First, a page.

2020 Nissan Sentra: Newly Armed and a Bit More Dangerous

Strong points
  • Improved build quality
  • Much better ride and handling
  • Comfortable and quiet
  • Lots of features
Weak points
  • Manual gearbox available in base trim only
  • 2.0L engine is a technological letdown
  • CVT has reliability issues
  • Fewer models than the competition
Full report

Nissan didn’t really put a lot of effort into making the Sentra more popular in recent years. Heck, it almost seemed like the company had thrown the towel. Only two trim levels were offered for 2019 and the only one with a manual transmission was devoid of air conditioning. In the compact segment, the Sentra was content to play a lesser role.

You see, the competition is extremely fierce. But lo and behold, here comes Nissan with a radically transformed 2020 Sentra aimed at mainstream customers. It might not offer all-wheel drive, a high-performance model or a different body style, but the design is bold and the car as a whole is way more refined than before. Mark our words: people will no longer be buying it just for the cheap price.

Longer and racier, the eighth-generation Nissan Sentra is obviously inspired from the larger Altima. It’s also wider and shorter in height, creating a more attractive profile. The floating roofline, thinner LED headlights and redesigned V-Motion grille further add much-needed character to the sedan.

Photo: Antoine Joubert

There are now three trim levels to choose from and only the base Sentra S is available with a manual transmission. Standard content has been upgraded to include A/C, but you still won’t get heated front seats or Apple CarPlay and Android Auto compatibility, which are considered must-haves by most buyers.

As far as we’re concerned, the manual gearbox is a better choice than Nissan’s CVT, which has been marred by reliability issues. The company is talking about isolated cases, but most people in the industry will tell you that the Xtronic transmission in the Sentra is a risky pick. Hopefully, the new generation has found a way to fix everything.

Starting From Scratch, Kind of

The 2020 Nissan Sentra is built on a brand new platform featuring a fully independent suspension (with a multi-link setup in the rear) for improved handling. Was it really necessary, though? The latest Volkswagen Jetta and Mazda3 have both shown that a rear torsion beam can still do a great job while eliminating several mobile components that are prone to wear.

Photo: Antoine Joubert

A new steering system with dual pinions and electric assist adds precision to the drive and provides more feedback than the old unit. Meanwhile, the 2.0-litre engine is derived from the Qashqai and delivers 25 more horsepower than the previous 1.8-litre mill. Average fuel consumption is roughly the same at 7.1 L/100 km. A number of technological advancements like direct injection are missing, however.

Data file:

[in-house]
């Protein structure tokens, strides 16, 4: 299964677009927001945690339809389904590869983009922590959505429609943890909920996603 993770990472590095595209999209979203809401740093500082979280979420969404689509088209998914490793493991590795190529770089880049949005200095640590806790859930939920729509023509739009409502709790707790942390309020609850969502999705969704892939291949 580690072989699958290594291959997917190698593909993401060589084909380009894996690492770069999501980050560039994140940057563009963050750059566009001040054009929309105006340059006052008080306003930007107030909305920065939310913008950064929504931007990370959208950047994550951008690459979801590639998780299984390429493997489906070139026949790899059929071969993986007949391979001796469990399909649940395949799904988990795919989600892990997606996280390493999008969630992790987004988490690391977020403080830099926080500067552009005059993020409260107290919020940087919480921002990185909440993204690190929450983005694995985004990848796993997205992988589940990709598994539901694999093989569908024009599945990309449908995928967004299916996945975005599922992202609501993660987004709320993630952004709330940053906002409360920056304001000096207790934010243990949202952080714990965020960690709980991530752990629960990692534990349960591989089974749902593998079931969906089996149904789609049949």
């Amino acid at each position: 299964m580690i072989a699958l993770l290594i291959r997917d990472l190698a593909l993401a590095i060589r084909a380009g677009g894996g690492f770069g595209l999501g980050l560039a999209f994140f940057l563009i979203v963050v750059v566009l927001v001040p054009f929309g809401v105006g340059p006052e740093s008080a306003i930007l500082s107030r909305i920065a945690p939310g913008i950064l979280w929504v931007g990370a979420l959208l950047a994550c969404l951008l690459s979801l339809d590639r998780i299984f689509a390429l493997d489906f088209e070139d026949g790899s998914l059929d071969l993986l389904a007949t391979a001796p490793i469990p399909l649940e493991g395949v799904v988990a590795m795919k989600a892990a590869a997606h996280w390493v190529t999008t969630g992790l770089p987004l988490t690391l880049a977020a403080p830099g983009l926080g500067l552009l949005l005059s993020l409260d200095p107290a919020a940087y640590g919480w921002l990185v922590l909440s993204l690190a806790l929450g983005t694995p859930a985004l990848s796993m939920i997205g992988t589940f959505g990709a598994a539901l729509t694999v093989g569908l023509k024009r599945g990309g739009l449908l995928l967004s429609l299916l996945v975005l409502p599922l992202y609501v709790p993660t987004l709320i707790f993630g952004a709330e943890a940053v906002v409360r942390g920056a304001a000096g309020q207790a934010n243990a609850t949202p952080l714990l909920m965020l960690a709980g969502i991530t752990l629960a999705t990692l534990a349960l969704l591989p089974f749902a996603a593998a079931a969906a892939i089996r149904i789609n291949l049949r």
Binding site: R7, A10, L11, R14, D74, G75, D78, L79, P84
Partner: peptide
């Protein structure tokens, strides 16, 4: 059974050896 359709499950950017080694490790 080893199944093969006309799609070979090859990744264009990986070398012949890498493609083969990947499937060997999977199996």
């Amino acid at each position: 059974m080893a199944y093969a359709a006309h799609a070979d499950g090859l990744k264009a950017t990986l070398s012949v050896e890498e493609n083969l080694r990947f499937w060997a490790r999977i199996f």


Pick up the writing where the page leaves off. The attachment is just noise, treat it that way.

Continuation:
On the road, the 2020 Nissan Sentra is a radical departure from its predecessor, which offered an uncomfortable driving position and was easily disrupted by crosswinds. It’s much more stable, smoother and quieter. The sharper steering combined with new suspension geometry also increases the car’s agility substantially, even though it looks way bigger than before. No, the new Sentra is not as fun to drive as a Mazda3, but it displays exceptional balance and superb dynamics. In fact, we can hardly believe it’s a Sentra.

Photo: Antoine Joubert

Space and Comfort

Anticipating that the SV model will account for more than half of Sentra sales, Nissan made sure customers could find everything they’re looking for. It features intelligent cruise control, keyless entry and start, heated seats, a heated steering wheel and more.

As for the SR model, it stands out with sporty touches like 18-inch wheels, side skirts and a rear spoiler, not to mention a unique two-tone exterior that requires a few extra hundred collars.

Inside, the Sentra looks and feels extremely similar to the Altima. The instrument panel behind the flat-bottom steering wheel is clear and easy to read, while an eight-inch touchscreen takes centre stage (except in S trim). The level of comfort provided by the front buckets is matched by the amount of space on the rear seat, which easily trumps the Mazda3’s. The trunk is quite capacious, too.

Photo: Antoine Joubert

Changing Perceptions

Up until now, many viewed the Nissan Sentra as a plain little car good for rental fleets and not much else. It’s on a mission to prove them wrong and regain some popularity. Last year in Canada, the Mazda3 (2:1), Hyundai Elantra (3:1), Toyota Corolla (4:1) and Honda Civic (5:1) all outsold the Sentra. Closing the gap with those rivals is the goal, though it will be hard to achieve with a smaller trim line.

Pricing for the 2020 Nissan Sentra will be announced just before its launch in February. We expect the SV model to be quite competitive and attractive enough so buyers considering a base Sentra will end up choosing the mid-range model instead. The top-line SR will be preferred by sporty drivers who care more about styling and dynamic handling.

Photo: Antoine Joubert

One thing’s for sure: the Sentra now has the weapons to conquer new grounds in the compact segment. Offering superior refinement, better build quality, exceptional comfort and pretty decent ride and handling, it will attract more than just bargain hunters. And let’s hope that Nissan’s marketing team will promote the car the way it should.

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